In the midst of all the Christmas noise, dozens of emails requesting a donation begin to flood my inbox. Suddenly I find myself sifting through the requests and deciding which ones I have the most affinity with. Many end up in the delete folder. Some because they point only to my wallet and never established a relationship with me, others because they extend in endless litanies, others because they do not clearly show how those who serve the organization benefit, and the vast majority because there is no evidence to understand that the online channel implies visual, participatory, and emotional components that separate them from a letter in the mail.
I know many organizations that want to expand their reach to the online channel. But not many have understood that a donate button is by far the thrill of touching any human being. If a nonprofit wants to cultivate a new audience it should not involve a request for money, but rather first start a relationship with the prospect. In this search, many nonprofits have chosen to chase “likes” across every social media platform. However, many might agree with me that social media is primarily for entertainment and communication. Let’s face it, people do not look in social media for organizations they want to donate to; it simply is not entertaining. Proof of this is the amount of “likes” that nonprofits convert into donations.
To start conquering the online channel, nonprofits should remember that the main hub for their digital marketing efforts should be their own website. Why? Because it is in the digital home where organizations can initiate a relationship with their audience without mercantile shades. It is where they can share their vision and mission, and enrich the visitor experience with visual content, testimonials, videos & text, and show the impact of their work. Though it is hard to engage people with dull web pages, poor visual content, and no chances for the visitors to participate online and somehow become part of the cause.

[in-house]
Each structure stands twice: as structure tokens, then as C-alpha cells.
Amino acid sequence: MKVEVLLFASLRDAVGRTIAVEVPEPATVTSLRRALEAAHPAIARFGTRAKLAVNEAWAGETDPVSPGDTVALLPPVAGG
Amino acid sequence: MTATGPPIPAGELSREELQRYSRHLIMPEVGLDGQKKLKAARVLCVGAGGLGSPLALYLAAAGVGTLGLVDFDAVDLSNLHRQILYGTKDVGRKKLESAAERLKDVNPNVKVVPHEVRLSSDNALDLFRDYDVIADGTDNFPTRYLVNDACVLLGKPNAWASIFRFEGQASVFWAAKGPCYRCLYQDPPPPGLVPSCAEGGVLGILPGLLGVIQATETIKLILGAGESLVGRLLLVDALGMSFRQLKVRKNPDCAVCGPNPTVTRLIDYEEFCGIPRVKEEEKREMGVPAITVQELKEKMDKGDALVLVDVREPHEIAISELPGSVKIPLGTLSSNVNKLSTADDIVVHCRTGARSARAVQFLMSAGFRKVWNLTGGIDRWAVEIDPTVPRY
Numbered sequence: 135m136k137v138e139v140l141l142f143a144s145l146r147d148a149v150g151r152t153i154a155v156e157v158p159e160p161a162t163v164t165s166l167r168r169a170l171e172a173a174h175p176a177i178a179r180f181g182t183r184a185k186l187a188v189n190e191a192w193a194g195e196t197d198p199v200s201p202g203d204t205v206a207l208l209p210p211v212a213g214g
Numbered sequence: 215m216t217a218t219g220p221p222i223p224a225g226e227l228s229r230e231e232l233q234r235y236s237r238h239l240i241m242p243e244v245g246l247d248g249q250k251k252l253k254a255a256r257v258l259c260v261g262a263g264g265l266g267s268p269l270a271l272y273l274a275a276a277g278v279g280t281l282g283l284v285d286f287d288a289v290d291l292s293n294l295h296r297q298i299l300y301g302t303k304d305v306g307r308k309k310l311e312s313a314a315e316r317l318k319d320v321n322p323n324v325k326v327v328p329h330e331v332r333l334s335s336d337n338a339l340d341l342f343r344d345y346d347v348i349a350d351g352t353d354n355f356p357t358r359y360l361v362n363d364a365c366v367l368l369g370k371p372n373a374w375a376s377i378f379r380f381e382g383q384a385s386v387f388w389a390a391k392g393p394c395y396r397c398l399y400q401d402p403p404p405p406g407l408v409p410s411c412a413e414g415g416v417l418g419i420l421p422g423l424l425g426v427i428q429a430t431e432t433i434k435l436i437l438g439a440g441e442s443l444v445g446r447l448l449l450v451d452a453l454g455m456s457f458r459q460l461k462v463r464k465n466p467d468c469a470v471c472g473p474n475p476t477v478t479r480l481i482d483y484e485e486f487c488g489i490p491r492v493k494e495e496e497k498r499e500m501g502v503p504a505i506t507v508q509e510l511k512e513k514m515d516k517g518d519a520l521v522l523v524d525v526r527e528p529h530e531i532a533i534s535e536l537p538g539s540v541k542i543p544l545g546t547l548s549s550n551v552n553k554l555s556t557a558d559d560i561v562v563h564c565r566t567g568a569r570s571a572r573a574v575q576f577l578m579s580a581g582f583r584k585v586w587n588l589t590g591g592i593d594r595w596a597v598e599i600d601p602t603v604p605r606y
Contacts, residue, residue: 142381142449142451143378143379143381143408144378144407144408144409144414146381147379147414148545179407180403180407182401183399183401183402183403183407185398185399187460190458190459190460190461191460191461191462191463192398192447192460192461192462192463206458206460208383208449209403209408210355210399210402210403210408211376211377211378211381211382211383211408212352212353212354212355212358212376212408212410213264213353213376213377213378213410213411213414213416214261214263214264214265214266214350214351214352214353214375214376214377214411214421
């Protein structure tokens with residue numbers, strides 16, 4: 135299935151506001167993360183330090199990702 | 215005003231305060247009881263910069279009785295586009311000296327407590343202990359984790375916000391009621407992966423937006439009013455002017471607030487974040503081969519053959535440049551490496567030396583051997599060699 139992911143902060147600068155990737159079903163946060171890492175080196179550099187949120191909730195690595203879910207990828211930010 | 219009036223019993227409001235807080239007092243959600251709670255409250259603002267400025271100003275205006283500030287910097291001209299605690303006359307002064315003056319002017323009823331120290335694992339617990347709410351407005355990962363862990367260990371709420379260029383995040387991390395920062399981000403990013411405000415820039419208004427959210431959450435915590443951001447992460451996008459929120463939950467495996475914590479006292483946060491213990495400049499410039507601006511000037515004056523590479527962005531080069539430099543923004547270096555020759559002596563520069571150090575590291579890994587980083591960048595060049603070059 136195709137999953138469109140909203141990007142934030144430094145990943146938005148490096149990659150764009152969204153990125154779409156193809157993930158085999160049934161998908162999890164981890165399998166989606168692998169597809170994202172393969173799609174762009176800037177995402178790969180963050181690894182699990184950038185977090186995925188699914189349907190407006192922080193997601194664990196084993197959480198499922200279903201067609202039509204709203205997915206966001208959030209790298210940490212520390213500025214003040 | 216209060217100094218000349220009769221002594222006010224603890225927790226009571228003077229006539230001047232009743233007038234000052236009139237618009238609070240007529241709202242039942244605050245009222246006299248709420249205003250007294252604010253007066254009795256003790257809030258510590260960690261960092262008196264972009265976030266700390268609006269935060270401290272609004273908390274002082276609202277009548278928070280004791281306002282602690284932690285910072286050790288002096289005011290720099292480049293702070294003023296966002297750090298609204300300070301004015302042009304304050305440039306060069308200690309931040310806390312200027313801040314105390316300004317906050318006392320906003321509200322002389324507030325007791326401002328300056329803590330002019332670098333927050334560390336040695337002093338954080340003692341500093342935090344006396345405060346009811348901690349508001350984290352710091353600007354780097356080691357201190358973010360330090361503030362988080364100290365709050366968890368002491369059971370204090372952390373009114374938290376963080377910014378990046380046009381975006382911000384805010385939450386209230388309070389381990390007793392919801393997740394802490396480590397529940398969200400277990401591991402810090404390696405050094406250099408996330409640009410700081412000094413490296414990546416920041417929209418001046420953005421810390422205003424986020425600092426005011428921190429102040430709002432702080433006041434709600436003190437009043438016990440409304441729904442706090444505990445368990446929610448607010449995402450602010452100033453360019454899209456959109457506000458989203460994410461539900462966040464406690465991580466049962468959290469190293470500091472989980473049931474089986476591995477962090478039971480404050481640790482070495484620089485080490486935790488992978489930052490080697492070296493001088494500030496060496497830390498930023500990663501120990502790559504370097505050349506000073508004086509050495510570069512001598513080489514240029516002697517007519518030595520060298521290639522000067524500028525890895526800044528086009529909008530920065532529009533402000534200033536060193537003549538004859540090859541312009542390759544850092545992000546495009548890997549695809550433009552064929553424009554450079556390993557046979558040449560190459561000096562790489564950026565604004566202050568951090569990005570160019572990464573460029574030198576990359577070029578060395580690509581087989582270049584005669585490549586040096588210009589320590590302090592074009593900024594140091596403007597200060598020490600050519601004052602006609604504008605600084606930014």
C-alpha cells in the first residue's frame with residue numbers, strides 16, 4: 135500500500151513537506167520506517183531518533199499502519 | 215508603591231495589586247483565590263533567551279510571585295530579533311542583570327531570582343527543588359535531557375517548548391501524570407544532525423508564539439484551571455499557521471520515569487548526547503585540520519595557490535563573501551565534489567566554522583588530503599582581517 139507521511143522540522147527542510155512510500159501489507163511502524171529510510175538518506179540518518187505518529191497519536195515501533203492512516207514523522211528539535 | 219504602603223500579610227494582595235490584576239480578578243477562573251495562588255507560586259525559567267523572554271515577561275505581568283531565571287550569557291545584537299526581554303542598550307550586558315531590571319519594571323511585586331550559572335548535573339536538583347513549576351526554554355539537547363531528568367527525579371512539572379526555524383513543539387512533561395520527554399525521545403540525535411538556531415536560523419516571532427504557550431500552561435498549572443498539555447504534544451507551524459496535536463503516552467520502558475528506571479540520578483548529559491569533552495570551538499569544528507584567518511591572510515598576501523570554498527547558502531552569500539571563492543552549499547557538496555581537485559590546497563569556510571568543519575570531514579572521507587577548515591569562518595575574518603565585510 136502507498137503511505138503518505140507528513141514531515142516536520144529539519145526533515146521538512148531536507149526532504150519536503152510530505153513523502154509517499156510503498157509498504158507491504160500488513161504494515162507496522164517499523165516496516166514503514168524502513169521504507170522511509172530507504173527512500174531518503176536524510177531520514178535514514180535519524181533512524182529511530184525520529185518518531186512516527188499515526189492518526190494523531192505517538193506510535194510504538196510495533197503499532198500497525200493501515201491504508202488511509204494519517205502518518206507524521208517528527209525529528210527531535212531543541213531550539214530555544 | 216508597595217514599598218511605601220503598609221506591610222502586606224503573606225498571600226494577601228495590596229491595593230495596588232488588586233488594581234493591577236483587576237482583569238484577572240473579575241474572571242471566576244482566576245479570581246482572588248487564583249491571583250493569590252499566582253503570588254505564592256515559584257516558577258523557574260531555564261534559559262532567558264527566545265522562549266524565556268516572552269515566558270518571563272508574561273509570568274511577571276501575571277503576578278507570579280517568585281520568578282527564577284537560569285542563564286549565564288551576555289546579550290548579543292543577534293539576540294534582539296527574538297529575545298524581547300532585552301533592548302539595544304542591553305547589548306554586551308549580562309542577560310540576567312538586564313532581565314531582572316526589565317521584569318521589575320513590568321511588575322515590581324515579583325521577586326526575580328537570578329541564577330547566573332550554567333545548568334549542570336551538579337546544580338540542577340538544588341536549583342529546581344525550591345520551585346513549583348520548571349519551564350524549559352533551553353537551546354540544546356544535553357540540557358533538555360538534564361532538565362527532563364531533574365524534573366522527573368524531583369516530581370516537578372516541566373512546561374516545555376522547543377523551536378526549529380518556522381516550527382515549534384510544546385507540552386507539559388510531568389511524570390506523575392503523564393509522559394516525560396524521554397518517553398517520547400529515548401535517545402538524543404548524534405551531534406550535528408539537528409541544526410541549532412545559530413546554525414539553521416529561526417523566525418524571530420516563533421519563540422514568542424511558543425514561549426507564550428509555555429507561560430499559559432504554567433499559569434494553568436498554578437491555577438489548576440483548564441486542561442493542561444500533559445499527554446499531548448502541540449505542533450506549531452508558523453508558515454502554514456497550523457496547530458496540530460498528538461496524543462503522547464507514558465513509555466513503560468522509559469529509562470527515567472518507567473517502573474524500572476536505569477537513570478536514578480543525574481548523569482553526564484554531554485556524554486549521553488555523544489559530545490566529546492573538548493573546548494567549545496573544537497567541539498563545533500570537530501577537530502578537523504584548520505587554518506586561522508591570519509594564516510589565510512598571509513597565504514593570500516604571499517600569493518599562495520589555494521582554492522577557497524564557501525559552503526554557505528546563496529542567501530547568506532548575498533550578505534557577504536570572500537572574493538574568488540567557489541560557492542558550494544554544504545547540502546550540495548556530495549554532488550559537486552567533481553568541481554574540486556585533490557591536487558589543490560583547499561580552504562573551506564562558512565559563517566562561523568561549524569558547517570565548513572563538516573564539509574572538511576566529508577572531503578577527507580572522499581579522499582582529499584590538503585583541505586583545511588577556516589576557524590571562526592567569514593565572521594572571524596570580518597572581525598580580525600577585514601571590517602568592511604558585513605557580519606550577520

There are 7 core principles to captivate an online audience: easy, short, fun, visual, modest contributions, participatory, and togetherness. Few nonprofits have implemented them. Everything that screams fun and puts a smile on someone’s face drives us to share it. Any easy process motivates us to take action. Everything that makes us participate in togetherness gives us a sense of belonging. And everything that is visual contributes to our memories.
It’s time for nonprofits to change the input to get a different output. It’s time to start creating online events that help build a relationship with supporters. It’s time to consider that online fundraising takes as much, if not more, effort than face-to-face initiatives and that today’s efforts might not bear fruits immediately but they will in a short time when the online channel will become the main stream of income.
During the year-end campaign, I suggest nonprofits to use two pledge themes: one for advocacy, one for advocacy and donation. And if you are looking to rise above the noise, put your website to work by cultivating an audience and making donating online fun!